Perhaps the most enjoyable aspect of this long formless gush of anecdotes is that readers who want to be amused and/or allured and/or grossed out can open this book anywhere and find something funny, attractive, and/or repulsive.
“He gave his rifle to an officer who had been disarmed in the fight and escaped with Amaranta through a nearby street to take her home. Ursula was in the doorway waiting, indifferent to the cannon shots that had opened up a hole in the front of the house next door.”
“The only souvenir she kept of Aureliano Segundo was a pair of patent leather boots, which, according to what he himself had said, were the ones hewanted to wear in his coffin… ‘He has to come sooner or later,’ she told herself, ‘even if it’s just to put on those boots.’”
“Aureliano Segundo gave her not only the money from the special raffle, but also what he had managed to put aside over the previous months and what little he had received from the sale…According to his calculations, that sum would be enough for her studies, so that all that was lacking was the price of her fare back home.”
It’s wilder than the “Wild West” shows we have in North America, and will continue to entertain those who enjoy such anecdotes for a good long time. It’s too explicit for my taste; having read it once quickly I’m ready to pass it on, since if I’m going to think about the weirdest and wildest aspects of birth, death, and disease I prefer at least to think about them as facts, but hey, Oprah Winfrey loved this book. I just find myself bogging down in the sheer, well, bogginess of it. Washington is about as close to a tropical swamp as I can safely go.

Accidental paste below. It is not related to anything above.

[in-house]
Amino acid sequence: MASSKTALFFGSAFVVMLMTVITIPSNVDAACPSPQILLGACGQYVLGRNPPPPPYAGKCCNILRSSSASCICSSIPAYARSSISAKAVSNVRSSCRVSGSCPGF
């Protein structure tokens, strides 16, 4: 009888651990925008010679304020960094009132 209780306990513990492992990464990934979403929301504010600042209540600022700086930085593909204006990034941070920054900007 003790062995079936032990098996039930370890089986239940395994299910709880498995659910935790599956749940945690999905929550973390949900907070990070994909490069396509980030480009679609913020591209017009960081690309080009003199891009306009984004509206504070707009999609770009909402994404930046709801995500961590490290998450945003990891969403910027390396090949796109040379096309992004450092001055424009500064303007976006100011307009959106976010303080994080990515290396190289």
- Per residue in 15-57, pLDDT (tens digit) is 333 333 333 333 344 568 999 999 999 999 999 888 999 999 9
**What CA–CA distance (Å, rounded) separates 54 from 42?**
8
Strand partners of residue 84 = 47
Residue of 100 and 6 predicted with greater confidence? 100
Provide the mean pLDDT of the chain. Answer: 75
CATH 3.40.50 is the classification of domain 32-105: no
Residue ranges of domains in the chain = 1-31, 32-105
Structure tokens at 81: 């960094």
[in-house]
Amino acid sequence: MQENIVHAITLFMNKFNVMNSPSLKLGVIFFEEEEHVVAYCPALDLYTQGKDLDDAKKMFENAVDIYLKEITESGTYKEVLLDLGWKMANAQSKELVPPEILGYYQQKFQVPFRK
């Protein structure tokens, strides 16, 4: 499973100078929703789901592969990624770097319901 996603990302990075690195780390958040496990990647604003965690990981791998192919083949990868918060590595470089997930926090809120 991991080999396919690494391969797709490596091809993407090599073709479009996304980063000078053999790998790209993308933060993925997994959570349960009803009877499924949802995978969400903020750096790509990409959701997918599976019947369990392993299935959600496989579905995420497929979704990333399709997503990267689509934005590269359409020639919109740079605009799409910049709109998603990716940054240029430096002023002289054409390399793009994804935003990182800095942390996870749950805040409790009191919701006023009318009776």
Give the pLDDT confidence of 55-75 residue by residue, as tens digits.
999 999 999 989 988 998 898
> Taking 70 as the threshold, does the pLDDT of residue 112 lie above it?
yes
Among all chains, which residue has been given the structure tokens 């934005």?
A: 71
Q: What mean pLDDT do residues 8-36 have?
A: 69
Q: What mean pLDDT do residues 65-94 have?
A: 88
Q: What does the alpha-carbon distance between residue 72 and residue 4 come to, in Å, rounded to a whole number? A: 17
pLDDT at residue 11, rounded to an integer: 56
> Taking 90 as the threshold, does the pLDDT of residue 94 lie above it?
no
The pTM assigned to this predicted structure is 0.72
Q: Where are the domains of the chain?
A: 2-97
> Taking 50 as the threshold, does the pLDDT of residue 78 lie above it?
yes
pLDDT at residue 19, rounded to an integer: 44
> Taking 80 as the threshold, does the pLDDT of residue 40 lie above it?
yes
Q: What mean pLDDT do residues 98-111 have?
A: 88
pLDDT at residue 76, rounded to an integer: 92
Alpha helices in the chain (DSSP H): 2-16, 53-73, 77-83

But if English is your native language and you’re studying Spanish, you must read this novel in English, at least once, because so many people admire García Márquez. You will receive copies of his books, of which this is perhaps the best known, in Spanish. You will need to look up the official translation to confirm that yes, indeed, what the author meant to say is as bizarre as you first thought, and sometimes more so. So here is this indispensable reference work, One Hundred Years of Solitude.
I enjoyed Borges' El libro de seres imaginarios (The Book of Imaginary Beings) and Mi pais inventado (My Imaginary Country) more. (A funny thing happened when I typed in this paragraph. Amazon wanted to link something to the combined titles of the Spanish and English editions of the first opus citatus but then went into a sulk and refused to link anything to either title alone, although it has pages for both titles. The link widget behaved better with the newer book, though.)
While some editions of One Hundred Years of Solitude, like the one with the Impressionist-inspired jacket shown above, have gone into collector prices, what I physically own is the Oprah's Book Club edition, which is still fairly cheap on Amazon. If you want that edition, send $5 per book + $5 per package + $1 per online payment to the appropriate address at the very bottom of the screen.